I am done trying to convince you that you are factually incorrect, its impossible, you win. I can't figure out for the life of me how you can actually believe that 2 people on a one time basis determine the value of an item, but I am done trying to figure it out.    I will say that anyone who has been at this more than 3 months knows better than that and so I will save my breath from any further discussion about this lunacy.


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Last edited by bclarkie on Tue Feb 20, 2007 5:10 pm, edited 4 times in total.
  


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Post Posted: Tue Feb 20, 2007 4:56 pm 
 

bombadil wrote:Brian, I thought you said you were going to act like S-T-S doesn't exist... :D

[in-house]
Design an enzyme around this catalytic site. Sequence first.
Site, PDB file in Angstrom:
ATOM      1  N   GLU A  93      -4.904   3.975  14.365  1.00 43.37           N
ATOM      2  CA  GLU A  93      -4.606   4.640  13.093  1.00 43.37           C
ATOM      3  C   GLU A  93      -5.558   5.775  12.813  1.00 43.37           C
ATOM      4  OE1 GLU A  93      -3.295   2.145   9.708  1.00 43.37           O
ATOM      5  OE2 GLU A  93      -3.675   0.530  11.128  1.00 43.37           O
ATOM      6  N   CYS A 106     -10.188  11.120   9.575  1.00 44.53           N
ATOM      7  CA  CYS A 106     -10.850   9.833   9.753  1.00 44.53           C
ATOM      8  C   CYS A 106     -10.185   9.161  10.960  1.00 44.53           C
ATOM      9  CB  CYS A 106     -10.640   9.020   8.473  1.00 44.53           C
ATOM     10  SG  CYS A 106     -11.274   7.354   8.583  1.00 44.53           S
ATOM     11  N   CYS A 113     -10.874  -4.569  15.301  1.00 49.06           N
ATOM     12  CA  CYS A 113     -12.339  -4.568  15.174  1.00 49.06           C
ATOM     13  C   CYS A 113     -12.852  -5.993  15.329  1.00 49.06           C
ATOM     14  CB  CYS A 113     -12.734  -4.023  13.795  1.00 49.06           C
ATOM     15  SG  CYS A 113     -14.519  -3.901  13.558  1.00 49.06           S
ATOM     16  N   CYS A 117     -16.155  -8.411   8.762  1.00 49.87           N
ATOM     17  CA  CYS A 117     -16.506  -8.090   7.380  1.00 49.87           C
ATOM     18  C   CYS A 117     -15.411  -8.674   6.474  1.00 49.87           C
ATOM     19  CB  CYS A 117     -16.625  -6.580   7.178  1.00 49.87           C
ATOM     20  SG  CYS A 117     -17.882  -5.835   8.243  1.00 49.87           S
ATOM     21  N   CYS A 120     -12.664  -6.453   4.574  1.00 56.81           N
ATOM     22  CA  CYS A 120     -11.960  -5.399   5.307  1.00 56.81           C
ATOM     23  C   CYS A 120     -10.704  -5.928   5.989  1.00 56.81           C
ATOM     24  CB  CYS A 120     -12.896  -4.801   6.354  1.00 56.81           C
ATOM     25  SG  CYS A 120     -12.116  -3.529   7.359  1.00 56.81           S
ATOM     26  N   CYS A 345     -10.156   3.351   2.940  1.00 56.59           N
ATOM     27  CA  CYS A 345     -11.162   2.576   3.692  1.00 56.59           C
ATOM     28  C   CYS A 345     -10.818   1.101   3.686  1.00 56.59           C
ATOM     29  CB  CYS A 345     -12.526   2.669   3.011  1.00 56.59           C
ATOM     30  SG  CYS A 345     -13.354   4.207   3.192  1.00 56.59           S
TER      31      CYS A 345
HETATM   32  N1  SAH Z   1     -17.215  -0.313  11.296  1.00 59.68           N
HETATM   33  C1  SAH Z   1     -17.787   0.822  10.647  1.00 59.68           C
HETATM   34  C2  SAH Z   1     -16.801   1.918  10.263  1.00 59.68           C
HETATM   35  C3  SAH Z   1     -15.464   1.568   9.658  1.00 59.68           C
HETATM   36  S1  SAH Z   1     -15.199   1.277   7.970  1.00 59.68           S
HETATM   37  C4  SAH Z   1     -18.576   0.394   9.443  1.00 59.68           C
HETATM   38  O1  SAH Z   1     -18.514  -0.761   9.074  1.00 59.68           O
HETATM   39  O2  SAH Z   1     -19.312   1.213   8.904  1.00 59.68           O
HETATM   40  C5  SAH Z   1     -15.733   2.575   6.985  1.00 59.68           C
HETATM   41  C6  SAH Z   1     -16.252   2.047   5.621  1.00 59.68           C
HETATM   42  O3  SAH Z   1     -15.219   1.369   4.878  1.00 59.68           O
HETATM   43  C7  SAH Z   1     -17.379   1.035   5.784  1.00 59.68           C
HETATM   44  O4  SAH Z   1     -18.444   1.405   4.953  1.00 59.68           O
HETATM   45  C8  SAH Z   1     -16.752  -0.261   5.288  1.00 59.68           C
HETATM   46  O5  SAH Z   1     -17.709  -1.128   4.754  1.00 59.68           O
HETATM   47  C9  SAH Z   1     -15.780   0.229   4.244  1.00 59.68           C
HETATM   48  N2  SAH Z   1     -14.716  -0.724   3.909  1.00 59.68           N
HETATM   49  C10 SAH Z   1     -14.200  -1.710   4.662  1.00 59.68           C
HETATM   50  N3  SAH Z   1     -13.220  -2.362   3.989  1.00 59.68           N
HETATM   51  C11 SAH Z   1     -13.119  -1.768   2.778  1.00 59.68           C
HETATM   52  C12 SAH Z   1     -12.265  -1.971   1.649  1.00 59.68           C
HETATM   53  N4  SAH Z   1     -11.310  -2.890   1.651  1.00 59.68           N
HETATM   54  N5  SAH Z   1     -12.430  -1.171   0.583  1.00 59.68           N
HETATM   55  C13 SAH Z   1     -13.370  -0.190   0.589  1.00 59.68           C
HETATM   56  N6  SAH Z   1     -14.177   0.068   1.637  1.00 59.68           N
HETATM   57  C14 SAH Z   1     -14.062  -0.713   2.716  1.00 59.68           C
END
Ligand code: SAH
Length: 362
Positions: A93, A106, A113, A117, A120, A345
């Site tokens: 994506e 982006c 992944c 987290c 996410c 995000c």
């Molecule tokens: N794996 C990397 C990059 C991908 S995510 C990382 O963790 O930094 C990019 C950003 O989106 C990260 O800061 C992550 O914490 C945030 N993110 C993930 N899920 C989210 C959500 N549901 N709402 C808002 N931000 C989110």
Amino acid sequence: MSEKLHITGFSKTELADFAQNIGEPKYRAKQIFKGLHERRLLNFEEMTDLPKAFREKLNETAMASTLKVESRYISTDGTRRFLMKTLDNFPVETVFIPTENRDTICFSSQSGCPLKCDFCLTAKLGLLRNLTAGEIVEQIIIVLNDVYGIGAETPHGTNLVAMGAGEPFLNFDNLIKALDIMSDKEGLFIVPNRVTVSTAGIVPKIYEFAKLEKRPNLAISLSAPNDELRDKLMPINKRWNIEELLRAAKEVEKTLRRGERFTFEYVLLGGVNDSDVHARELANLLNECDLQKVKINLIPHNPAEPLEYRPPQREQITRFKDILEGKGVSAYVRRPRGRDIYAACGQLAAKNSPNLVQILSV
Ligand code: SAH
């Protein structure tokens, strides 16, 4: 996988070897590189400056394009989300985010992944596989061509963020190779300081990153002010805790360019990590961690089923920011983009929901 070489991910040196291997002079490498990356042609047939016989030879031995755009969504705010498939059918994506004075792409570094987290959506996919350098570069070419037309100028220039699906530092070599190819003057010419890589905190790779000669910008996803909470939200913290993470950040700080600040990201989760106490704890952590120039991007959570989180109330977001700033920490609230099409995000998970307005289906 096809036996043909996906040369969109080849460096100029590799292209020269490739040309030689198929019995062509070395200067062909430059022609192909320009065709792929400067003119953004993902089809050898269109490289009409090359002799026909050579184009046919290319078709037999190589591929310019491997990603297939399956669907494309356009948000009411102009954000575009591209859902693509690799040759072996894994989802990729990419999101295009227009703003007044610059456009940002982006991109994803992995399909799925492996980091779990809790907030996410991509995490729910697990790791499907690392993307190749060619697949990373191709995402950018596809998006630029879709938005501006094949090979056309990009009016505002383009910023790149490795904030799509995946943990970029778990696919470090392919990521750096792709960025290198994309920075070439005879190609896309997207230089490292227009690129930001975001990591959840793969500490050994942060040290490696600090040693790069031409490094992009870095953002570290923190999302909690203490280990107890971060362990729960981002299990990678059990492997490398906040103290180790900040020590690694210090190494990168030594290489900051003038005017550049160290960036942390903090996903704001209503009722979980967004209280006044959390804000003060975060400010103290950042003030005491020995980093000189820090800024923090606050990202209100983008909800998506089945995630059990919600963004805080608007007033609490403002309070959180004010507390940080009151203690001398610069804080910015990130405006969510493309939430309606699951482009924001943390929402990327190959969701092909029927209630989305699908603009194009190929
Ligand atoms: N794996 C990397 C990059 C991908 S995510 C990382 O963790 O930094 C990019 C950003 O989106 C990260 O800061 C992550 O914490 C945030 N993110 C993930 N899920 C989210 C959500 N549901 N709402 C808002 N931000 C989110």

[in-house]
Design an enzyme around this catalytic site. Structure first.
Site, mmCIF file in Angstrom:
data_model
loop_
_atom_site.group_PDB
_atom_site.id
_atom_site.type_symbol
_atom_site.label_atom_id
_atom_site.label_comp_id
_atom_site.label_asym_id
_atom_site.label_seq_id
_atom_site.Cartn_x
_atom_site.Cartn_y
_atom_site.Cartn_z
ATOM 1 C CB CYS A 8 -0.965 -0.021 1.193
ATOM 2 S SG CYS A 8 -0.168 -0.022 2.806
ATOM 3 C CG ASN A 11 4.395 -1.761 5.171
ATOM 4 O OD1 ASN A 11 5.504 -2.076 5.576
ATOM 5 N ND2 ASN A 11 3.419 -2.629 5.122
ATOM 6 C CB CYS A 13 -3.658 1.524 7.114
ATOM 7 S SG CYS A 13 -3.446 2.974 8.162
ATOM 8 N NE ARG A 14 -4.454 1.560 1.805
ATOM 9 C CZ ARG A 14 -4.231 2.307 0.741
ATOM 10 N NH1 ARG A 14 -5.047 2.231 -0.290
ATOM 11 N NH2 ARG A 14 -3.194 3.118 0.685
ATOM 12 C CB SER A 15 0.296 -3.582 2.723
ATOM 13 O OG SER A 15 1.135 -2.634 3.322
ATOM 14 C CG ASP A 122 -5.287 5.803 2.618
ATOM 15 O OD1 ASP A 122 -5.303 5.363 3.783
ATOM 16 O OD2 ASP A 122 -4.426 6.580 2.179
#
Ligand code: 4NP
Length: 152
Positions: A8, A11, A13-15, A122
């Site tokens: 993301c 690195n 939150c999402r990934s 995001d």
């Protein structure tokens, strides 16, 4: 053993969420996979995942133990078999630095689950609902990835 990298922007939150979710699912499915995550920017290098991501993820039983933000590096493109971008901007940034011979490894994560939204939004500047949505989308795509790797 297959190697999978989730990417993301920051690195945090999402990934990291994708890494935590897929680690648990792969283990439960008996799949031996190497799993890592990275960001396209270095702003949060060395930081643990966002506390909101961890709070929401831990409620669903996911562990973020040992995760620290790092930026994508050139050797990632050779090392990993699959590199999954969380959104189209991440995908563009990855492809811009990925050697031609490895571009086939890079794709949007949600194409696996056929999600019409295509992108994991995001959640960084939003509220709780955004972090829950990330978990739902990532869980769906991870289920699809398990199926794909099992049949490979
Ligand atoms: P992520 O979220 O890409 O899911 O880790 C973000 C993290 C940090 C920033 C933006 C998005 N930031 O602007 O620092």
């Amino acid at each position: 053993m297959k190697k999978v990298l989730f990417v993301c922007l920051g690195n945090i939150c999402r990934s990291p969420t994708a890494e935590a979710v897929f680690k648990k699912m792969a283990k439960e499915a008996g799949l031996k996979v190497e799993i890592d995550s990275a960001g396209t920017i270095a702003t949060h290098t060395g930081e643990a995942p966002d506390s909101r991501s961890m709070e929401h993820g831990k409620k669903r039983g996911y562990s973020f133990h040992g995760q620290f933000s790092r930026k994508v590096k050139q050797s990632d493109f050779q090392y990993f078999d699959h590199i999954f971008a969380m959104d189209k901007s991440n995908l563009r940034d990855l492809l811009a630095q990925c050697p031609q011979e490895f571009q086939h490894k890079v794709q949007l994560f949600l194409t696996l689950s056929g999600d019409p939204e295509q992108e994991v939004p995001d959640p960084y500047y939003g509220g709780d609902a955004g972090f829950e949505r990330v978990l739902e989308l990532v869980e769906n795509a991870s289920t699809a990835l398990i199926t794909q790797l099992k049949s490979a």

I   -   see   -   no   -   resolution   -   in   -   the   -   near   -   future


You are absolutely right, but I still try.  :?   You can lead a horse to water, but you can not make them drink....


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Post Posted: Tue Feb 20, 2007 5:11 pm 
 

bclarkie wrote:
Within the last year I have seen SA sets shrinked go for as little $60 and I have seen them as go as high as $150.  I imagine like anything else listed in certain Ebay stores, every once in awhile you stumble onto a new buyer who has no clue to the actual value of the item who will snap something up or someone not willing to wait for an auction to end, however this does not indicate anything other than a lucky sale.  There is no way one of these sets shrinkwrapped or not should be going anywhere near $200.  To be honest these things aren't even that rare nor are they particularly interesting.  IMO, the best part of the SA box sets, is the box itself, as I have found great usage for them for protecting my rare items.